Bolsonaro said via social media on Friday he had tested negative.


Cruise ship stranded off South Africa coast

More than 1,700 people are stranded on a cruise and a cargo ship off the coast of South Africa’s Cape Town over fears that some of them are infected with coronavirus, the ports authority said Tuesday.

Transnet, South Africa’s maritime authority, said it “held off port limits” two ships after a crew member on board one of the vessels “began to exhibit symptoms of Covid-19”. The crew member had been on a flight from Istanbul, Turkey on March 9, with six other people who went onto board cruise liner AIDAmira that sailed to neighbouring Namibia.

“This is the first suspected case of COVID-19 in a South African seaport,” said Transnet.

The six passengers are currently asymptomatic and none of the passengers or crew members on the cruise ship have shown any symptoms.


Bosnia declares state of disaster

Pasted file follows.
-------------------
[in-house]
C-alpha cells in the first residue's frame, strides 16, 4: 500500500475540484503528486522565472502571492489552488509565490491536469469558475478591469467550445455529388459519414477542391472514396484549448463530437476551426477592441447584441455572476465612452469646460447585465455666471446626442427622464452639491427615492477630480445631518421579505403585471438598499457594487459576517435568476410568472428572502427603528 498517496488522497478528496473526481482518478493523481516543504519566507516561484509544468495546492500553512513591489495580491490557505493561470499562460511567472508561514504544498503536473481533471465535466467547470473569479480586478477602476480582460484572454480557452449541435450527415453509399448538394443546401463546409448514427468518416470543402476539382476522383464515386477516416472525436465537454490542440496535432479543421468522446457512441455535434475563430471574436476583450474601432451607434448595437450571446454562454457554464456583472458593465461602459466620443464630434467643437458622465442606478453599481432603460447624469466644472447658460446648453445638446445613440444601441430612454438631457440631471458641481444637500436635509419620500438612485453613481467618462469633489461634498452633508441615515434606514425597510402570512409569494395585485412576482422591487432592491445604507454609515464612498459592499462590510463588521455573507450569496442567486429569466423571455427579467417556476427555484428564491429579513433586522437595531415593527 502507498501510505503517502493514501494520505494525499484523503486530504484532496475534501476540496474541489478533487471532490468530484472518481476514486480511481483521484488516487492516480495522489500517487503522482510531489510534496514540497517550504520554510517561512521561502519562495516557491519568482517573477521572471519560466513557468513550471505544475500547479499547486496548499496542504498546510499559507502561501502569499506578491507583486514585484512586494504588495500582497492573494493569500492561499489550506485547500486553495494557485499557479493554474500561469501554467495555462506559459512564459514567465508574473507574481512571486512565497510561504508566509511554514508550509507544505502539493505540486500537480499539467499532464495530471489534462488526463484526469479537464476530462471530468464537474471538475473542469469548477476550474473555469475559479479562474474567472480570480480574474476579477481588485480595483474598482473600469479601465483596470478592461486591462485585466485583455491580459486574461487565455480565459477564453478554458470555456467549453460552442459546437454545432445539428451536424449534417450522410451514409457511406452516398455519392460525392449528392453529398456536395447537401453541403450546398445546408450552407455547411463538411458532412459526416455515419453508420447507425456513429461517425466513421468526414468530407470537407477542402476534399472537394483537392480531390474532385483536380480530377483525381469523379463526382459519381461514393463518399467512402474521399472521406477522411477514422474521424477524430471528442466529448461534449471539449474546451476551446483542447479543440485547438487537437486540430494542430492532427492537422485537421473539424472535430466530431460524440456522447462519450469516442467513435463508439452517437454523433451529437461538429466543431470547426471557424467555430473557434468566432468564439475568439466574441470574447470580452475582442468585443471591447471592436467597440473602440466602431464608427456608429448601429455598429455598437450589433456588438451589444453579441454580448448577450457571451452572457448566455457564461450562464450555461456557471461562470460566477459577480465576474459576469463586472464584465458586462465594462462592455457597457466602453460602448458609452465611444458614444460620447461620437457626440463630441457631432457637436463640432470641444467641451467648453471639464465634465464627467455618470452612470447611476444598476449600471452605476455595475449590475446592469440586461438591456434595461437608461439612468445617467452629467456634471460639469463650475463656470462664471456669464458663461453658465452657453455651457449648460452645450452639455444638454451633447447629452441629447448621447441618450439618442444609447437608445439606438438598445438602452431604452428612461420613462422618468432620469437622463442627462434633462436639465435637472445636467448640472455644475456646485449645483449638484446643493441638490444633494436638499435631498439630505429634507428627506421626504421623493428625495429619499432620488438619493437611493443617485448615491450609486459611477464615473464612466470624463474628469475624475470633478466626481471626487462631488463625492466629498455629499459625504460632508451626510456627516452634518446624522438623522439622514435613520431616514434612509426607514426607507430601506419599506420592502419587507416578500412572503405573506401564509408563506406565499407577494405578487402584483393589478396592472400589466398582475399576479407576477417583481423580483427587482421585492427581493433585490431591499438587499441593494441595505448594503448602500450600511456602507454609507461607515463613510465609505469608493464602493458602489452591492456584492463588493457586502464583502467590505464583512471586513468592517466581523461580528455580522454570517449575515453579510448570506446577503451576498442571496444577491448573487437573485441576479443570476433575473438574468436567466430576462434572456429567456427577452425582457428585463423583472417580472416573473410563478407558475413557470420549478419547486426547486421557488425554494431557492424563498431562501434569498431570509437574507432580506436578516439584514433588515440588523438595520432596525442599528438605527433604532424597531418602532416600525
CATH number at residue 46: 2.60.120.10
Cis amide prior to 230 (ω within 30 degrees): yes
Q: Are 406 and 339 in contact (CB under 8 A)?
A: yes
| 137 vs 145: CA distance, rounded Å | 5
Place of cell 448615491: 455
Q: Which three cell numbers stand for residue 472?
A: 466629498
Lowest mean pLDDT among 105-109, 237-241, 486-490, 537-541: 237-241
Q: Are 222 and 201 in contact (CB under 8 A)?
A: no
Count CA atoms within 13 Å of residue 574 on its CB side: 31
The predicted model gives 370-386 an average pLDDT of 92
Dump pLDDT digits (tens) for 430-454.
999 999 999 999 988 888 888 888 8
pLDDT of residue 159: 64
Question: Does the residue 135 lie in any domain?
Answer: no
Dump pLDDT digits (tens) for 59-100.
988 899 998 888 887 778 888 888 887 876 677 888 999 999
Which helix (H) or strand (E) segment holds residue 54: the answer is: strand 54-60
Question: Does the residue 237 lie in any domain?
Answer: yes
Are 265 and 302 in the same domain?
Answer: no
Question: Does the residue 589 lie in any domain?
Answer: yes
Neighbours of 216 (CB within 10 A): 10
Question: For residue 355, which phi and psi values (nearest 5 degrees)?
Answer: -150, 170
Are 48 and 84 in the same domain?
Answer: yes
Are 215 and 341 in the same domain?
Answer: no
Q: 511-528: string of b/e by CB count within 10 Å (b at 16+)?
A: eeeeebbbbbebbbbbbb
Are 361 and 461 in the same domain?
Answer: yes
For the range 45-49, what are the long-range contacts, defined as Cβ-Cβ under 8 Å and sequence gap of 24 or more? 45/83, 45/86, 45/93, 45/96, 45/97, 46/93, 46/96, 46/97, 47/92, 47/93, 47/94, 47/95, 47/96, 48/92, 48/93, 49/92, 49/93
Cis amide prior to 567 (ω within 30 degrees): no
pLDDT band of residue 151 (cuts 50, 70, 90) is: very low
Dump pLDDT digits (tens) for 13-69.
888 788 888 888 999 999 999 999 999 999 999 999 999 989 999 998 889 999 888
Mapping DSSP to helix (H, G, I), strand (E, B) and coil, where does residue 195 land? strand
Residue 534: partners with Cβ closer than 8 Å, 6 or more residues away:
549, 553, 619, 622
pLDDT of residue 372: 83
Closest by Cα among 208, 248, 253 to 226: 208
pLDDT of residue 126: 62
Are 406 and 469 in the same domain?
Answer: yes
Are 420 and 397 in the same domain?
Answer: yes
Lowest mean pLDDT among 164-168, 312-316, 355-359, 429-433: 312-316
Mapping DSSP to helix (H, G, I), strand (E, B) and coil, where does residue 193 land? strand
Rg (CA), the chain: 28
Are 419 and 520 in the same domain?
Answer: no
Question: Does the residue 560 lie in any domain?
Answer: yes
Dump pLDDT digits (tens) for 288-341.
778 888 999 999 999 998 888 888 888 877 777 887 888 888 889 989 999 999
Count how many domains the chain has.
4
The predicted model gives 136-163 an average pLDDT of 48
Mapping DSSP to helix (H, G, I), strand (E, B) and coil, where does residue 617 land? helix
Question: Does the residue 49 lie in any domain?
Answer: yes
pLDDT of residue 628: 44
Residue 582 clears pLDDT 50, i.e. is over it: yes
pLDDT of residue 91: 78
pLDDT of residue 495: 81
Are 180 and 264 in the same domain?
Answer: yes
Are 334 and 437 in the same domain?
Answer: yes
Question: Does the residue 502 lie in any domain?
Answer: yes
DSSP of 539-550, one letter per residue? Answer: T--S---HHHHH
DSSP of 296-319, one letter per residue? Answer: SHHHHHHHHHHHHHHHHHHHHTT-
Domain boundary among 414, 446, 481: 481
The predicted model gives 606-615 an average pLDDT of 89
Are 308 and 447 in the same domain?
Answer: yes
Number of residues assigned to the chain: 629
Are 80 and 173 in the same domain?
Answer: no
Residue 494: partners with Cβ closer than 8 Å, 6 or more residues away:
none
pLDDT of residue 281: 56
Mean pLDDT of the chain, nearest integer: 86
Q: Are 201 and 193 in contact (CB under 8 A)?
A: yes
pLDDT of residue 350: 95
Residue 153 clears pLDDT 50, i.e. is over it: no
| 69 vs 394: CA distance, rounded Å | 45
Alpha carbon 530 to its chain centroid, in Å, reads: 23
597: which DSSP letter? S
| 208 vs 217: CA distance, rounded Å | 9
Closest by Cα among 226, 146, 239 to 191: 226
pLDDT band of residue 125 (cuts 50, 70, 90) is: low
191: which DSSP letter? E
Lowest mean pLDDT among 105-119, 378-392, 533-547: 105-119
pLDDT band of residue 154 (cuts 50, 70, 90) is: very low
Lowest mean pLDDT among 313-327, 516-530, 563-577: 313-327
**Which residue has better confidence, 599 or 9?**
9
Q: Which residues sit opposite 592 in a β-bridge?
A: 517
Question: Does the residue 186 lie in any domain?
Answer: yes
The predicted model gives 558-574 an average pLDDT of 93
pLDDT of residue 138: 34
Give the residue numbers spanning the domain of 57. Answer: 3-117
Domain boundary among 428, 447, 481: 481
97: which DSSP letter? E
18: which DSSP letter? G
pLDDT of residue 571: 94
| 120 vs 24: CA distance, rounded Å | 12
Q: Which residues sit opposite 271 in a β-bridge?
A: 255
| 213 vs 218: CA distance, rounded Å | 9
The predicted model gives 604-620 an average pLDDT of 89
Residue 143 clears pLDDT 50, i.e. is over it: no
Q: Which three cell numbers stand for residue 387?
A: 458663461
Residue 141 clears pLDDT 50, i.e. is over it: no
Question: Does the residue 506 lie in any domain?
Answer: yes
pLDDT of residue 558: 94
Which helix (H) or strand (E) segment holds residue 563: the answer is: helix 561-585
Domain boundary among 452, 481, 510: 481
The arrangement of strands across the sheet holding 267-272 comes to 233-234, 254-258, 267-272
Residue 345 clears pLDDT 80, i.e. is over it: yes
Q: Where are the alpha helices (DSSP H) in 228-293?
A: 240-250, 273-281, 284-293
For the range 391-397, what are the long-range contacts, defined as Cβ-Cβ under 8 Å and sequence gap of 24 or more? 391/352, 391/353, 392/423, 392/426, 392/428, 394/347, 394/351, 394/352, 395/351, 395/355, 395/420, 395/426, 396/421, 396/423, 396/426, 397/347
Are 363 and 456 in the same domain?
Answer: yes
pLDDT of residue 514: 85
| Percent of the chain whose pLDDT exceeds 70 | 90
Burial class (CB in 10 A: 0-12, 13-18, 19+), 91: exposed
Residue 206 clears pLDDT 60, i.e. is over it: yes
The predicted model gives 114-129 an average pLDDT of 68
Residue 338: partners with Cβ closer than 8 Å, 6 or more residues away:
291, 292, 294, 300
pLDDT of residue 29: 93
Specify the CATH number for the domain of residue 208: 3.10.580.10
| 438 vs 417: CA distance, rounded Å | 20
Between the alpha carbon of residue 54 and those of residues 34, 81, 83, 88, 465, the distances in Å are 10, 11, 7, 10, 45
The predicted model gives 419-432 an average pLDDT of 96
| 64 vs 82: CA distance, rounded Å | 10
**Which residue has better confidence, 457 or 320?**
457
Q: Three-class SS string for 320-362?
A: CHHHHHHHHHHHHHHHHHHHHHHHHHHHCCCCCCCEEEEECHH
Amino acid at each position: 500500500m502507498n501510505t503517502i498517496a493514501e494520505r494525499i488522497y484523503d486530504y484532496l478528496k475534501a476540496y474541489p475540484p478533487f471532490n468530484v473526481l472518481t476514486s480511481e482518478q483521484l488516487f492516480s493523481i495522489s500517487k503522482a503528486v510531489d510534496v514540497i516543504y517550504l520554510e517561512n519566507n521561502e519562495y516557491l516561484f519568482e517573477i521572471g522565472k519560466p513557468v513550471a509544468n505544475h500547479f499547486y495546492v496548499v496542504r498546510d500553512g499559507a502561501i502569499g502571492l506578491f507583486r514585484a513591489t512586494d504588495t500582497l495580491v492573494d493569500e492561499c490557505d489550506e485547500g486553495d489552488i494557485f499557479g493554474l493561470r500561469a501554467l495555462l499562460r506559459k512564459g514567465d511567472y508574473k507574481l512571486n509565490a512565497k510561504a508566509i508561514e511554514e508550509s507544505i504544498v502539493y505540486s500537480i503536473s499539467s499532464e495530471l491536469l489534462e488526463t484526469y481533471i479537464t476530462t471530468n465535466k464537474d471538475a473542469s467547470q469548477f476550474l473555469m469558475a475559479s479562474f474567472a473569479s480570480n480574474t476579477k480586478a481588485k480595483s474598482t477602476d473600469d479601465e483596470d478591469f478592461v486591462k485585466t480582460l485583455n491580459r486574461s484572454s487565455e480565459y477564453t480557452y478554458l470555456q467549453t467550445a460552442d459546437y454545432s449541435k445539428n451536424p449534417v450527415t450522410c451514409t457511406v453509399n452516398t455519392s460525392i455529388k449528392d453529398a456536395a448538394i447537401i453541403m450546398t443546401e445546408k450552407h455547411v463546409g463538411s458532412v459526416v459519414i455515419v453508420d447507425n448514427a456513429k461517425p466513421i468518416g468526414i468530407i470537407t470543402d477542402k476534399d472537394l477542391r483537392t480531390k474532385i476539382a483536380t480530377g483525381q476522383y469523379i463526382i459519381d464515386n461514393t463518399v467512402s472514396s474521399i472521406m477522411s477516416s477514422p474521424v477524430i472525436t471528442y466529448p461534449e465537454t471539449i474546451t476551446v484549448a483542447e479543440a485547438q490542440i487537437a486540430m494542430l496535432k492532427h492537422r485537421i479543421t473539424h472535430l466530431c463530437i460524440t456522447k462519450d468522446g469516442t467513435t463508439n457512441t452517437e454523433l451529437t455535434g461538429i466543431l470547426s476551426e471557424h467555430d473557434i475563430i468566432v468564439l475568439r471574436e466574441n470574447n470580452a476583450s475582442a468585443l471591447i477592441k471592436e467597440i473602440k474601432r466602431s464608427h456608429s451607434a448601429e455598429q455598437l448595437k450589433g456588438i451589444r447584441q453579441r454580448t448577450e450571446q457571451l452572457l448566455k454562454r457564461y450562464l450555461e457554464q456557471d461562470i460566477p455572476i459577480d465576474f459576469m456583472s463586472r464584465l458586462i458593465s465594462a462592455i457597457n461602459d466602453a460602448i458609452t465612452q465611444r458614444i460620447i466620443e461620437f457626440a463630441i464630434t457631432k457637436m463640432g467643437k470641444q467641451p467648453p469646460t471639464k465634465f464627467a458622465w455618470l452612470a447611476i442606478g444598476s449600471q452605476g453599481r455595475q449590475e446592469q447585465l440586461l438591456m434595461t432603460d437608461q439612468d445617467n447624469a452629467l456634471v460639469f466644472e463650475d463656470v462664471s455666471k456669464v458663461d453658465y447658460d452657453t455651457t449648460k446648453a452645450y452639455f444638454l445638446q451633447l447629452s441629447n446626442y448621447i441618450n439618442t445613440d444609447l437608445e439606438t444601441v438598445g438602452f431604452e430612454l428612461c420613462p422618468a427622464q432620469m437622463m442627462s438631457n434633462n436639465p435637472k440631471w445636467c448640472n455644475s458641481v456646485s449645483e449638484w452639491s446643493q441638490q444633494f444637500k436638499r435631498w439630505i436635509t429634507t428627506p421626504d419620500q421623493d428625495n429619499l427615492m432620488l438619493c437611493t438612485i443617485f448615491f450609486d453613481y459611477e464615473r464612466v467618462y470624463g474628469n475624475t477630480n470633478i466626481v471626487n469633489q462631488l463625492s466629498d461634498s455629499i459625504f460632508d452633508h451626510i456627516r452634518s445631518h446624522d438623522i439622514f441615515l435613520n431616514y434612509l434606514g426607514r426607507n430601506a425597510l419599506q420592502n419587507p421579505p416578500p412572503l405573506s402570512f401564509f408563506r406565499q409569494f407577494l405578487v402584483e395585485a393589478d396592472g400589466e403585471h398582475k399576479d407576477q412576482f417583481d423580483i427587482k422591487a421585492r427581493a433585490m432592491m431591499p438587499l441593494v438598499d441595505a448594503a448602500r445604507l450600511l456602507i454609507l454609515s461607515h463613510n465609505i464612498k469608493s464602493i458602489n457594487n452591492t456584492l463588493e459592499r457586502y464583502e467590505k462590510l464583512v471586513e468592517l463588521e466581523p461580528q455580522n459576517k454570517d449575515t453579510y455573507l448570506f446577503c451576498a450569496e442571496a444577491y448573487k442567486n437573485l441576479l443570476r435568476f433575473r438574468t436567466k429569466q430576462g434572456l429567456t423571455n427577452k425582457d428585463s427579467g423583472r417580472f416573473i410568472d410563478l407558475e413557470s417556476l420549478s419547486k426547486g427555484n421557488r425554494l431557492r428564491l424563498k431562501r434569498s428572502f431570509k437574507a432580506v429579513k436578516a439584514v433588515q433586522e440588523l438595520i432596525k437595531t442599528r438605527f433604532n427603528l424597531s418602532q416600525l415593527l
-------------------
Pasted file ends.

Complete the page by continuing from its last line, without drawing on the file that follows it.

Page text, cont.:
Bosnia declared a nationwide state of disaster over the coronavirus on Tuesday, allowing the army to set up quarantine camps as health authorities fear a possible “explosion” of new cases.

The country has detected around 30 infections in its population of around 3.5 million so far.

Soldiers will be deployed to set up camps near border crossings and airports to isolate everyone who enters the country for two weeks. Authorities have already closed Bosnia’s borders to foreigners coming from hard-hit zones like Italy, Spain, France and Belgium.

All Bosnians entering the country are required to self-isolate.

Newsletter

Quote of the Day

“This last is important. Even in corporate environments, it is very difficult to remove an underling for incompetence if that underling has seniority and a long history of good performance reviews. As in government bureaucracies, the easiest way to deal with such people is often to “kick them upstairs”: promote them to a higher post, where they become somebody else’s problem.”

David Graeber, Bullshit Jobs: A Theory
Related Articles

Hong Kong News
×